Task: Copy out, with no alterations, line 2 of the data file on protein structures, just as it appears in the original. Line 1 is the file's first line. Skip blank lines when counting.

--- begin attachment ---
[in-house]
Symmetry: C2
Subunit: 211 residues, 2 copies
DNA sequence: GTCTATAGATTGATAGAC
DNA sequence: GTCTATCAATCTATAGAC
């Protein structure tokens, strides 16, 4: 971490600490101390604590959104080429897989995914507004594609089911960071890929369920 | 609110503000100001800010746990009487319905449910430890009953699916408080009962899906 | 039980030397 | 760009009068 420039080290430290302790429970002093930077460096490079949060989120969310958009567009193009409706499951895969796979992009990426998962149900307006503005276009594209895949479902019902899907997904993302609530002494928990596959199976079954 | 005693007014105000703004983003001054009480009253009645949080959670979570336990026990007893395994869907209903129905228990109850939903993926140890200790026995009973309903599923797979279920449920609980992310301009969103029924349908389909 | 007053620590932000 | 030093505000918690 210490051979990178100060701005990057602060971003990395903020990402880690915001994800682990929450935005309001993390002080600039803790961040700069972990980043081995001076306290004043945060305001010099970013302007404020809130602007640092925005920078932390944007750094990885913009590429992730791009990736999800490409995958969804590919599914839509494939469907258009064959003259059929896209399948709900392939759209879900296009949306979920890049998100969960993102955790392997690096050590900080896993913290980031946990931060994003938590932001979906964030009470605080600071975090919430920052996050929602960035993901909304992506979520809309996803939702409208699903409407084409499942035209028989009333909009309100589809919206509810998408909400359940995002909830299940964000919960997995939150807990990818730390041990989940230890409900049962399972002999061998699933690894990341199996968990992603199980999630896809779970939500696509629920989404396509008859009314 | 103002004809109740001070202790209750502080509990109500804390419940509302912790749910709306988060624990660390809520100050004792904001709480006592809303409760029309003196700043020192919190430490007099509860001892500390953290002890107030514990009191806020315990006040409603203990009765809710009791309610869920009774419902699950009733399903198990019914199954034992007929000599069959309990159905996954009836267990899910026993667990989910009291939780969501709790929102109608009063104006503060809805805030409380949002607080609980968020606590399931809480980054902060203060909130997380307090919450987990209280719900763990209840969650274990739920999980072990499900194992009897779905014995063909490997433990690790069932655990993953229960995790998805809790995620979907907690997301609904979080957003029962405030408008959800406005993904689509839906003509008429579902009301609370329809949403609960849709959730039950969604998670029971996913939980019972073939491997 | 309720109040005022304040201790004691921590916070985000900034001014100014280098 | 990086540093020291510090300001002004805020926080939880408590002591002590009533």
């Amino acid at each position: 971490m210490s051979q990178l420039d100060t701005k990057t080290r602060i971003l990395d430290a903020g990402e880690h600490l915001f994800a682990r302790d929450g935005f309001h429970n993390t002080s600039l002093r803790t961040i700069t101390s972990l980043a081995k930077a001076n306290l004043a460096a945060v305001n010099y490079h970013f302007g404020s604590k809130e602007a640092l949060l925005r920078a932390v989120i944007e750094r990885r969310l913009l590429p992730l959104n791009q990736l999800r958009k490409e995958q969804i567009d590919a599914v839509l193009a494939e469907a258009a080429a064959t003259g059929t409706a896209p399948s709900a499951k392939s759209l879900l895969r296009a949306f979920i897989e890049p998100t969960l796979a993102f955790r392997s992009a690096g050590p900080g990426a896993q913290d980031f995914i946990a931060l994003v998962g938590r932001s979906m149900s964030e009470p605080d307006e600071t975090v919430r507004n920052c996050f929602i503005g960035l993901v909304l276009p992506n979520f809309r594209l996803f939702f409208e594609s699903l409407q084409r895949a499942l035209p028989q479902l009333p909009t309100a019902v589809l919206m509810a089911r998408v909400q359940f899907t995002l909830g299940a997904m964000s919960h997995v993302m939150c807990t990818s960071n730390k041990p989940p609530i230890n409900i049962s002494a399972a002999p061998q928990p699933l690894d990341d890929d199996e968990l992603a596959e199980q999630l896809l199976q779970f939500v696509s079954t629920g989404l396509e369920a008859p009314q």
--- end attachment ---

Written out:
Symmetry: C2